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Goodbye Solo

Not too long ago, the friend who insisted that I see Ramin Bahrani's Goodbye Solo was asking me what I liked about opera. I had told her that I didn't care about elaborate sets or costumes, or exciting ballets, or sophisticated stage directions, or really anything at all that the Metropolitan Opera specializes in (aside from its great orchestra which ought to have been the tip-off). What did I like, then? The question floored me. It was only the next day that I saw the obvious answer: music. (No wonder I hadn't thought of it.) That's what I love about opera: the music. That's what I love about chamber music, and symphonic music, and organ recitals, and lieder recitals, and Broadway shows, and even disco. If I like the music, the genre doesn't matter. At the same time, I am notorious among friends, all of whom adore him, for disallowing that Stephen Sondheim is a composer of music. "Musical effects" would be more like it. Ditto everything heard on pop radio since 1985.

It did not take me very long to learn from Goodbye Solo that what I like about the movies is pretty much the very sort of thing that I can do without in the opera house. At the movies, there has to be a strong dramatic justification for poor production values; and you should know that I'm very disinclined to accept justifications. I could see the ingredients of a great film in Goodbye Solo, but I hated watching it right up to it final sequence, the drive to Blowing Rock, which hit me immediately as a "drive into paradise." Not a drive into paradise for the characters, but one for me.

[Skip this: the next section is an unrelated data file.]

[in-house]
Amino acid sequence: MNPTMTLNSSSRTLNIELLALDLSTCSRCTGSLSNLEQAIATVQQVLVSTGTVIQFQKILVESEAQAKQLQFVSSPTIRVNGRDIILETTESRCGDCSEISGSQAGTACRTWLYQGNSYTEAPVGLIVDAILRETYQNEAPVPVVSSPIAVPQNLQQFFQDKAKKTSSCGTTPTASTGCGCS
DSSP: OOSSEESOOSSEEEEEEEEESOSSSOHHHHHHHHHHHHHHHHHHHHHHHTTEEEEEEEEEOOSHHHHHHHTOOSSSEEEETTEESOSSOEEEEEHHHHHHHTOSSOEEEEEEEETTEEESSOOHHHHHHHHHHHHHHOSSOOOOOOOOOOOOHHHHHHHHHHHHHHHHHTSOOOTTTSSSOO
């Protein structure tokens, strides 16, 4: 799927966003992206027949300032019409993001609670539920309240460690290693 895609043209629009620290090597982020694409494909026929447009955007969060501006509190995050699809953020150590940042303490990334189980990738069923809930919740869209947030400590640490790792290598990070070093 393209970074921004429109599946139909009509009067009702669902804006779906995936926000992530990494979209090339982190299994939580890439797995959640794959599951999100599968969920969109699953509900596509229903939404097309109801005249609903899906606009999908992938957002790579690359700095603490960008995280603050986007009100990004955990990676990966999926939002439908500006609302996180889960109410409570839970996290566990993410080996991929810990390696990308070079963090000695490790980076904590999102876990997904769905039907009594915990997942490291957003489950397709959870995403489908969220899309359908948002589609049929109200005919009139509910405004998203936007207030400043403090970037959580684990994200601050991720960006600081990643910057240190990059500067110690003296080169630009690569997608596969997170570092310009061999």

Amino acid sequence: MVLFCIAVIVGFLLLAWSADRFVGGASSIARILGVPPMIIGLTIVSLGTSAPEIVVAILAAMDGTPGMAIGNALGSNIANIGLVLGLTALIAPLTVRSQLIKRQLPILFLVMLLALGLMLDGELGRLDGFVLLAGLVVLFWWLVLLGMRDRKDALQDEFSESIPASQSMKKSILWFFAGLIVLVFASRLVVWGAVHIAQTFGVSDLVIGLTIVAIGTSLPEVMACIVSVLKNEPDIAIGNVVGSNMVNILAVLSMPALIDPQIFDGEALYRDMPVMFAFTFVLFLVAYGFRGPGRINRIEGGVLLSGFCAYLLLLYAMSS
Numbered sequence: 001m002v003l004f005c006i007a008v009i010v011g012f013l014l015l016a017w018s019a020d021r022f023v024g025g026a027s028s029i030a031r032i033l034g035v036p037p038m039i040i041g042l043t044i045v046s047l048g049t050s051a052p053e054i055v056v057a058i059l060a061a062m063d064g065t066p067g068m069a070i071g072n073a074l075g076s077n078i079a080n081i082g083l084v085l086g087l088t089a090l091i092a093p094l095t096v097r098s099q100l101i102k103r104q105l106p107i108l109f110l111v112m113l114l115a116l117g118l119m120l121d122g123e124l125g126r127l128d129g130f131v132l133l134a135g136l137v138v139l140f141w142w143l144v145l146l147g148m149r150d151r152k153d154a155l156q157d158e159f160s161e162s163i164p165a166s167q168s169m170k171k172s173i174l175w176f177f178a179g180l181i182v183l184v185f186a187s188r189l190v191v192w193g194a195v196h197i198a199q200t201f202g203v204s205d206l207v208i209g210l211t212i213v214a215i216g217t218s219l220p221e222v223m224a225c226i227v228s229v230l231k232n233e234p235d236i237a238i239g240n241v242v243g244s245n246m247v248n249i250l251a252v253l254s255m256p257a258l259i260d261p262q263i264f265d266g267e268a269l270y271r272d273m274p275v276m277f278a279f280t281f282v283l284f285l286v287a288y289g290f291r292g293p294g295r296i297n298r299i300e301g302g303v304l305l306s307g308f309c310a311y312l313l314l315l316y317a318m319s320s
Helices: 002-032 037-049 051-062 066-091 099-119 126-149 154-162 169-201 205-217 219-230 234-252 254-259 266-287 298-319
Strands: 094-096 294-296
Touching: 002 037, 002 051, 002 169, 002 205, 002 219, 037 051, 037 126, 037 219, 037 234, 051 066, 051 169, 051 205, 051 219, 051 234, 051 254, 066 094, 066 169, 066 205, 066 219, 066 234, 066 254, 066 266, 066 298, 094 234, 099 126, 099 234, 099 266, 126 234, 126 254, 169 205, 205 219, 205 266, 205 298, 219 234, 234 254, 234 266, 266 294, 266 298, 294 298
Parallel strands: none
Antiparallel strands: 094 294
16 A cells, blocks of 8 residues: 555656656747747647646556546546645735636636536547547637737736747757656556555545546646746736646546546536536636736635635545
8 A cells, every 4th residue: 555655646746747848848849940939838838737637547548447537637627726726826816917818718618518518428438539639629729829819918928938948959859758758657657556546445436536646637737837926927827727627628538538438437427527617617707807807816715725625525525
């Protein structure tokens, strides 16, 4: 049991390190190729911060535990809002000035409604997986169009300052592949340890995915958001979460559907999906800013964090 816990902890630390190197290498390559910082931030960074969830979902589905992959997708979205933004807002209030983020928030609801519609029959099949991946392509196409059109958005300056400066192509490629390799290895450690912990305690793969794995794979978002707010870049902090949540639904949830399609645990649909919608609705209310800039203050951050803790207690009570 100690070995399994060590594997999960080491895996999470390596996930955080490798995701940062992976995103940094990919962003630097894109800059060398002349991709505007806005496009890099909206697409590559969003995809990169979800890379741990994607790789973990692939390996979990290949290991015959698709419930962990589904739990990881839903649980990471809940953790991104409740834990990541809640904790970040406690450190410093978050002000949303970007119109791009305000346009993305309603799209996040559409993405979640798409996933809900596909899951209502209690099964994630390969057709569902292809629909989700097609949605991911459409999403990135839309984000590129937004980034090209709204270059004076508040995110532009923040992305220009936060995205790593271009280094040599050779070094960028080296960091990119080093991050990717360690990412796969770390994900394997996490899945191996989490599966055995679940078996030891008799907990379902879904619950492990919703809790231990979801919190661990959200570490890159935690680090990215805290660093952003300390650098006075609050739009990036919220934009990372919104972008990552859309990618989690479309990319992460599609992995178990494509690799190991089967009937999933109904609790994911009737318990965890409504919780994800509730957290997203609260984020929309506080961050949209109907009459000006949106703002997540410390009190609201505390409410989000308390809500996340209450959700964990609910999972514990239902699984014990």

You could argue that the preceding bulk of Mr Bahrani's movie is about the ugliness, or at least the lack of prettiness, in the lives of immigrants and other marginal people in our recklessly capitalist nation. But what's ugly about Goodbye Solo isn't its setting, which heavily features the inside of a taxi and a dumpy motel room. I'm all for the lack of prettiness. I just want to see it clearly. I want to know where the sounds are coming from. I ask of film, most of all, that it be lucid; which is another way of saying that I want never to be asked to strain to perceive. To strain to understand I don't much care for that, either, but I grasp the moral validity of demanding it. But that's not what I'm talking about. I'm talking about seeing and hearing. Difficult to do while trying to watch Goodbye Solo.

Another production value that I find essential is the use of actors in films as distinct from the training of amateurs. Everybody has to start somewhere, but Trevor Metscher, Carmen Leyva, and, especially, Diana Franco Galindo would have read their lines more effectively if they had played smaller roles in other films first. Mr Metscher's part is not very big, but it's emotionally important, and perhaps it would have been better not to hear him speak at all. I don't know where a movie director gets the idea that amateurs sound natural on film. They never do.